Saturday, May 12, 2012

JPMorgan Chase looses $2 billion on excessively risky derivatives trading

The giants of Wall Street continue in their pattern of pushing their risks to the edge and beyond, or so it appears to me.  Jamie Dimon of JPMorgan Chase was considered the golden boy of Wall Street after the terrible crash of 2008 since he and his institution escaped some of the more dire consequences of that crisis.  Unfortunately for him, his firm, and America Mr Dimon apparently led the charge to carve out a loophole in the "Volker Rule" of the Dodd-Frank financial regulation bill that was passed as a result of the crisis.  

As I understand it, the Volker Rule forbade the financial institutions from trading in their own money in the derivatives market.  But there was an exception that was granted as a result of the intense lobbying led by Dimon - hedging was allowed.  But the hedging was to be a hedge against a specific, individual trading position.  JPMorgan Chase's hedging looks like it was a violation of the law, as it was a "portfolio hedge" rather than a targeted hedge.  

Edward Wyatt of the New York Times explains:

The loophole is known as portfolio hedging, a strategy that essentially allows banks to view an investment portfolio as a whole and take actions to offset the risks of the entire portfolio. That contrasts with the traditional definition of hedging, which matches an individual security or trading position with an inversely related investment — so when one goes up, the other goes down.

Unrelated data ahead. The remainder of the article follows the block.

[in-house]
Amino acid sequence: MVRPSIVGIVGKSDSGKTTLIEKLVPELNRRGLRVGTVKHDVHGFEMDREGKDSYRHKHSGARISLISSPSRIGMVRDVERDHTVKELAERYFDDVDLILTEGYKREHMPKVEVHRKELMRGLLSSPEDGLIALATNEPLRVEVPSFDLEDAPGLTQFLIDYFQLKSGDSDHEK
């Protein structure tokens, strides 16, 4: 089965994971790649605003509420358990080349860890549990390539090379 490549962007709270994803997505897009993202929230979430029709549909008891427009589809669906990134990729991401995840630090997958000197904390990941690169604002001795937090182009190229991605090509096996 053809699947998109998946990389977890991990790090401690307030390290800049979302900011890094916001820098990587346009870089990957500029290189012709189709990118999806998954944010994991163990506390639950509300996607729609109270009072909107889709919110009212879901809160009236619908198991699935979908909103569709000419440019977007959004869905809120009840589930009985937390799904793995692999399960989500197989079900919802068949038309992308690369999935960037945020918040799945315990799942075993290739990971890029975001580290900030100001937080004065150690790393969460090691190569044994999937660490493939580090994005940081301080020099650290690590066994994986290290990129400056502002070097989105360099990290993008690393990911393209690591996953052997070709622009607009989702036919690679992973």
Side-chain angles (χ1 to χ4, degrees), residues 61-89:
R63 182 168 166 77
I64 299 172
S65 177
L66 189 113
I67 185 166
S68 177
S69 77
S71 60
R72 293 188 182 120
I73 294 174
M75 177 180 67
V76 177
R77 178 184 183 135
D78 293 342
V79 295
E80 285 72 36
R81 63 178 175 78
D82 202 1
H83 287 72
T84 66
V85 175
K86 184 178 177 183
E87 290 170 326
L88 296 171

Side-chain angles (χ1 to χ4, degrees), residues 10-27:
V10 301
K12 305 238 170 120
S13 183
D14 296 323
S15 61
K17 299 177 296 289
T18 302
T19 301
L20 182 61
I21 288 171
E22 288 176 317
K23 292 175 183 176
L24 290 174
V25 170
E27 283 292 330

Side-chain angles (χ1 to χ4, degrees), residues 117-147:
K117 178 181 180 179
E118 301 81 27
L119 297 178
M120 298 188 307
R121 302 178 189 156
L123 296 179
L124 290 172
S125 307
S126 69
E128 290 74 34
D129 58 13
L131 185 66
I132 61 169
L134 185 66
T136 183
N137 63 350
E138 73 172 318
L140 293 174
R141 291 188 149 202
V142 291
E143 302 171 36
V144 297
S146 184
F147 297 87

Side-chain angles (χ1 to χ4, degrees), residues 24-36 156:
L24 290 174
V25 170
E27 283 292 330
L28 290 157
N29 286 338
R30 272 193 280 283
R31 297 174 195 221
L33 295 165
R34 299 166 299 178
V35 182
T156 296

The way the loophole was justified was that it was supposed to mitigate risk by hedging against failure.  But once the hedging was expanded to the entire portfolio it became a risk again rather than a conservative insurance type position.

I hope that these trades were a violation of law.  I hope that JPMorgan Chase and its management, including Dimon, are found guilty of violation of that law and that they pay real consequences for those violations.  

As far as I can tell, the overall zeitgeist of Wall Street has not really changed.  It looks to me like they are still in the grip of their traders' mentality, which seems to be bet the farm on riskier and riskier investment schemes, and if they win they make huge fortunes for themselves (without any substantial benefit to the economy as these derivatives are zero sum gambling games rather than investments in the economy or businesses), and if they lose they don't pay much of a price, and if they lose big enough they can count on Uncle Sam to bail them out with our taxpayer money.

I am not enough of a financial expert to know the details; I am just reading and trying to figure it out, but this event looks like it is more of the same greedy overly risky behavior that is still the guiding principle of Wall Street.